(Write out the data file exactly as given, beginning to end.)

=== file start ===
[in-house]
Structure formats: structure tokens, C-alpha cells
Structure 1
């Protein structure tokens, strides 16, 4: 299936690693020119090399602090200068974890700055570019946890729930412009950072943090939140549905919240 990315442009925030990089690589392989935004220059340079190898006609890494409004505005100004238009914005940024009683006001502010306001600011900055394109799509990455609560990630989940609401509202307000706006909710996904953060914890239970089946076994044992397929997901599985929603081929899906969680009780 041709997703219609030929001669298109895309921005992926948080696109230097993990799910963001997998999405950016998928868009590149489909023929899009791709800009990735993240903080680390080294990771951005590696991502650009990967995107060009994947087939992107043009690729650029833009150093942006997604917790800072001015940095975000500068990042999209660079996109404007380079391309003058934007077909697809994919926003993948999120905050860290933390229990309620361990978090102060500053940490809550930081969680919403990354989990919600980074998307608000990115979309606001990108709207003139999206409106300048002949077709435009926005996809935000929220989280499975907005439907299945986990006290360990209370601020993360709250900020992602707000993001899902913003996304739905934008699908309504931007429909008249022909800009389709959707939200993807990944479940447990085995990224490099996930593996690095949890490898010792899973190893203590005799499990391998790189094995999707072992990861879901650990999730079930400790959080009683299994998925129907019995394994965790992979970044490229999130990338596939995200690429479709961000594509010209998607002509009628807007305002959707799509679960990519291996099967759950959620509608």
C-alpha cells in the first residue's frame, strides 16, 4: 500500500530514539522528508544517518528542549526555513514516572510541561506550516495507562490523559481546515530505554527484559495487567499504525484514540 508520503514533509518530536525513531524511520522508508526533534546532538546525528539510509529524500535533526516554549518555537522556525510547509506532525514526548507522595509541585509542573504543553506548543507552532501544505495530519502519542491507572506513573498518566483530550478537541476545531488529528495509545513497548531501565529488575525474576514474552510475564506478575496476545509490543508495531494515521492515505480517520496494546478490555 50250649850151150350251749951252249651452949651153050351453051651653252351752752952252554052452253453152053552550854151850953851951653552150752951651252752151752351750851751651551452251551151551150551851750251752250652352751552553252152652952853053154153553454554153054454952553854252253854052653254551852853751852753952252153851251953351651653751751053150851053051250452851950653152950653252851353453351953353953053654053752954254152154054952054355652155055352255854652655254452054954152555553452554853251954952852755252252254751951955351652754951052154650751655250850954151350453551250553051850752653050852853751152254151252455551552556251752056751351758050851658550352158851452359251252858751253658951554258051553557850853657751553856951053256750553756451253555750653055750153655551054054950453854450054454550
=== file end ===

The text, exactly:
[in-house]
Structure formats: structure tokens, C-alpha cells
Structure 1
């Protein structure tokens, strides 16, 4: 299936690693020119090399602090200068974890700055570019946890729930412009950072943090939140549905919240 990315442009925030990089690589392989935004220059340079190898006609890494409004505005100004238009914005940024009683006001502010306001600011900055394109799509990455609560990630989940609401509202307000706006909710996904953060914890239970089946076994044992397929997901599985929603081929899906969680009780 041709997703219609030929001669298109895309921005992926948080696109230097993990799910963001997998999405950016998928868009590149489909023929899009791709800009990735993240903080680390080294990771951005590696991502650009990967995107060009994947087939992107043009690729650029833009150093942006997604917790800072001015940095975000500068990042999209660079996109404007380079391309003058934007077909697809994919926003993948999120905050860290933390229990309620361990978090102060500053940490809550930081969680919403990354989990919600980074998307608000990115979309606001990108709207003139999206409106300048002949077709435009926005996809935000929220989280499975907005439907299945986990006290360990209370601020993360709250900020992602707000993001899902913003996304739905934008699908309504931007429909008249022909800009389709959707939200993807990944479940447990085995990224490099996930593996690095949890490898010792899973190893203590005799499990391998790189094995999707072992990861879901650990999730079930400790959080009683299994998925129907019995394994965790992979970044490229999130990338596939995200690429479709961000594509010209998607002509009628807007305002959707799509679960990519291996099967759950959620509608």
C-alpha cells in the first residue's frame, strides 16, 4: 500500500530514539522528508544517518528542549526555513514516572510541561506550516495507562490523559481546515530505554527484559495487567499504525484514540 508520503514533509518530536525513531524511520522508508526533534546532538546525528539510509529524500535533526516554549518555537522556525510547509506532525514526548507522595509541585509542573504543553506548543507552532501544505495530519502519542491507572506513573498518566483530550478537541476545531488529528495509545513497548531501565529488575525474576514474552510475564506478575496476545509490543508495531494515521492515505480517520496494546478490555 50250649850151150350251749951252249651452949651153050351453051651653252351752752952252554052452253453152053552550854151850953851951653552150752951651252752151752351750851751651551452251551151551150551851750251752250652352751552553252152652952853053154153553454554153054454952553854252253854052653254551852853751852753952252153851251953351651653751751053150851053051250452851950653152950653252851353453351953353953053654053752954254152154054952054355652155055352255854652655254452054954152555553452554853251954952852755252252254751951955351652754951052154650751655250850954151350453551250553051850752653050852853751152254151252455551552556251752056751351758050851658550352158851452359251252858751253658951554258051553557850853657751553856951053256750553756451253555750653055750153655551054054950453854450054454550